For the average country station still being rated by diaries this ratio remains quite constant: a little more than one third of diarykeepers account for almost three quarters of average quarter hour audience.
For that reason, radio's research companies have learned that a random probability sample composed of about 60% of a station's "core" (P1/heaviest users) and some 40% of that station's cume as found at random in a metro population provides a reliable indication of how that broadcaster is going to do in the next diary survey.
When PPM started to roll out in the top 50 U.S. and Canada's major markets over the last decade that formula no longer "worked." Many radio stations back when their first PPM ratings were released were unpleasantly surprised to find out that performing extremely well in a traditional perceptual research project fielded with the time-honored sample parameters was no predictor of PPM scores!
Six years ago at the annual December programming "fly-in," Nielsen Audio's clever research crunchers revealed new insights into emerging major market panel samples that still help explain why that may have been happening:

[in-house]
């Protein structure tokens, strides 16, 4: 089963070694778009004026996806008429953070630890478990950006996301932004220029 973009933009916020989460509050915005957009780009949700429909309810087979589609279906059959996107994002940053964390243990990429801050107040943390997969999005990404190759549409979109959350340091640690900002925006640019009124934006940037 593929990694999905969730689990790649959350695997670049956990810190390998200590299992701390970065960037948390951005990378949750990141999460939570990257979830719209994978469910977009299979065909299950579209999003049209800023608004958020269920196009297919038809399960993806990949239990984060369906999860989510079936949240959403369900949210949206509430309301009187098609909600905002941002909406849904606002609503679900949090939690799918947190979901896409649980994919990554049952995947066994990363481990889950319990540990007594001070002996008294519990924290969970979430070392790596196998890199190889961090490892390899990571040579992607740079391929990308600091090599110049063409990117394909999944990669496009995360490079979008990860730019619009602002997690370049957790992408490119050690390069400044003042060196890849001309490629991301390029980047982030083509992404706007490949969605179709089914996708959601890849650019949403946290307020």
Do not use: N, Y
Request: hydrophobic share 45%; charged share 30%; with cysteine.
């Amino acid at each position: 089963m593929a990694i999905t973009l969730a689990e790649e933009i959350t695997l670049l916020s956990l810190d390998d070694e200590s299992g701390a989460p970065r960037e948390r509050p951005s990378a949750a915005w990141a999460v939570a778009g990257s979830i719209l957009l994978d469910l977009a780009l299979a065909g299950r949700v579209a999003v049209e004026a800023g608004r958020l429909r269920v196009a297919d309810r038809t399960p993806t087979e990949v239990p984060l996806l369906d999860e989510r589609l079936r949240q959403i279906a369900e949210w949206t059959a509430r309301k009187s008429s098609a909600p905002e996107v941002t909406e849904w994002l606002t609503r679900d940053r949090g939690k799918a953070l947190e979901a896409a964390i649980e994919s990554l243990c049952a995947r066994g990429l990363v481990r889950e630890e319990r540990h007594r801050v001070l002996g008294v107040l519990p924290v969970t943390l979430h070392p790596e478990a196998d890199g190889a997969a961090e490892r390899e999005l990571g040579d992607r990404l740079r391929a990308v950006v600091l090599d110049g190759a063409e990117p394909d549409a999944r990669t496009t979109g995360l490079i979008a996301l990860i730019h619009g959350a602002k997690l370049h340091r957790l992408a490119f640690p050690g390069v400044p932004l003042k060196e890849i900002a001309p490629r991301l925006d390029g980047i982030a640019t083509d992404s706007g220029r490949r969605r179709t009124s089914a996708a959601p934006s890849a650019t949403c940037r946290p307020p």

- Unlike in diary measurement where lighter users often fail to report their usage, PPM captures it all, so instead of the vast majority of AQH audience coming from heavy users, it's more of a 50/50 proposition.
- Roughly half of all radio average quarter hour ratings now reflect extremely light, "drive by," perhaps even unintentional use. Those people listen an average of under three minutes per occasion, bringing average "time spent exposed" when down when compared to diary driven data.
- Heavy users (P-1's) are still in the sample, accounting for about half the usage of the average radio station's shares. Their average occasion is ten+ times as long as the other half of the sample, typically something like 35 minutes.
- PPM also shows that those heavy users listen to about twice as many radio stations in an average week that they would have written down, on average, when they filled out a listening diary.
- Savvy programmers and researchers have now had more than six years to fully understand these new dynamics and our ability to project results has been improving, but there is still much to learn, but it's important to keep in mind that actual listening has not changed.
- You can get the about the same number of quarter hours by targeting either group or many more than you did in diaries if you can find a way to bridge the gaps and constantly satisfy both of them.
- Listeners still perceive and make use of radio in the same ways they always have. It's the measurement techniques and the sample that changed, requiring new usage tactics and perceptual-driven strategies.